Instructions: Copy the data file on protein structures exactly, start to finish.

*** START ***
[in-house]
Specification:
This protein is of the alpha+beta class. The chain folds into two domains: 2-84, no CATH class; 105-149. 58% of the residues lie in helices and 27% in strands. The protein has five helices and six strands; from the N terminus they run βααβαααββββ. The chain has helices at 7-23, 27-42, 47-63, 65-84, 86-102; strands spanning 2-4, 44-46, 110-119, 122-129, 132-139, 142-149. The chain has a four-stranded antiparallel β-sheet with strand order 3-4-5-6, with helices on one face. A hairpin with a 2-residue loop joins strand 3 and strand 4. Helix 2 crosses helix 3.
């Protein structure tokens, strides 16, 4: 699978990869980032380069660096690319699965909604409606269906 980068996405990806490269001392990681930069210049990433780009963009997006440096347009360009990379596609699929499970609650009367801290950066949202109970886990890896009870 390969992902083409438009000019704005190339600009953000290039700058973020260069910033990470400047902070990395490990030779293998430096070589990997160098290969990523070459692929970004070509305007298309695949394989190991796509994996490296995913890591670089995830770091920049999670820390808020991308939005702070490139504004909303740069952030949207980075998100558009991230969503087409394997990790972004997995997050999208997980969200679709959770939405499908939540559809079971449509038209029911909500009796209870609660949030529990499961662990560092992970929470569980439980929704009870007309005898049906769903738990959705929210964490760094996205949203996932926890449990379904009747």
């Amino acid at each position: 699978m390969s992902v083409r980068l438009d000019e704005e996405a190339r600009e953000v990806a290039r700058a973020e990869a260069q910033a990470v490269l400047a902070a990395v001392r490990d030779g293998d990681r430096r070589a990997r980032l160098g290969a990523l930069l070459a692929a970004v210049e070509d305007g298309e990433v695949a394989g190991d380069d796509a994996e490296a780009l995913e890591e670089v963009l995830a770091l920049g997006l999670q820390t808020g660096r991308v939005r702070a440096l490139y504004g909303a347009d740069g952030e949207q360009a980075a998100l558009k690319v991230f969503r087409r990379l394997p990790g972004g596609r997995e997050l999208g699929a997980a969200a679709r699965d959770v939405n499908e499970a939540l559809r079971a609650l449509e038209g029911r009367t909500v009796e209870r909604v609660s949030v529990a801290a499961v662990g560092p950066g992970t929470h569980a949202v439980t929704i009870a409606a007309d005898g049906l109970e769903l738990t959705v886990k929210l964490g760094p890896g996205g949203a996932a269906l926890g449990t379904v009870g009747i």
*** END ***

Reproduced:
[in-house]
Specification:
This protein is of the alpha+beta class. The chain folds into two domains: 2-84, no CATH class; 105-149. 58% of the residues lie in helices and 27% in strands. The protein has five helices and six strands; from the N terminus they run βααβαααββββ. The chain has helices at 7-23, 27-42, 47-63, 65-84, 86-102; strands spanning 2-4, 44-46, 110-119, 122-129, 132-139, 142-149. The chain has a four-stranded antiparallel β-sheet with strand order 3-4-5-6, with helices on one face. A hairpin with a 2-residue loop joins strand 3 and strand 4. Helix 2 crosses helix 3.
């Protein structure tokens, strides 16, 4: 699978990869980032380069660096690319699965909604409606269906 980068996405990806490269001392990681930069210049990433780009963009997006440096347009360009990379596609699929499970609650009367801290950066949202109970886990890896009870 390969992902083409438009000019704005190339600009953000290039700058973020260069910033990470400047902070990395490990030779293998430096070589990997160098290969990523070459692929970004070509305007298309695949394989190991796509994996490296995913890591670089995830770091920049999670820390808020991308939005702070490139504004909303740069952030949207980075998100558009991230969503087409394997990790972004997995997050999208997980969200679709959770939405499908939540559809079971449509038209029911909500009796209870609660949030529990499961662990560092992970929470569980439980929704009870007309005898049906769903738990959705929210964490760094996205949203996932926890449990379904009747």
């Amino acid at each position: 699978m390969s992902v083409r980068l438009d000019e704005e996405a190339r600009e953000v990806a290039r700058a973020e990869a260069q910033a990470v490269l400047a902070a990395v001392r490990d030779g293998d990681r430096r070589a990997r980032l160098g290969a990523l930069l070459a692929a970004v210049e070509d305007g298309e990433v695949a394989g190991d380069d796509a994996e490296a780009l995913e890591e670089v963009l995830a770091l920049g997006l999670q820390t808020g660096r991308v939005r702070a440096l490139y504004g909303a347009d740069g952030e949207q360009a980075a998100l558009k690319v991230f969503r087409r990379l394997p990790g972004g596609r997995e997050l999208g699929a997980a969200a679709r699965d959770v939405n499908e499970a939540l559809r079971a609650l449509e038209g029911r009367t909500v009796e209870r909604v609660s949030v529990a801290a499961v662990g560092p950066g992970t929470h569980a949202v439980t929704i009870a409606a007309d005898g049906l109970e769903l738990t959705v886990k929210l964490g760094p890896g996205g949203a996932a269906l926890g449990t379904v009870g009747i």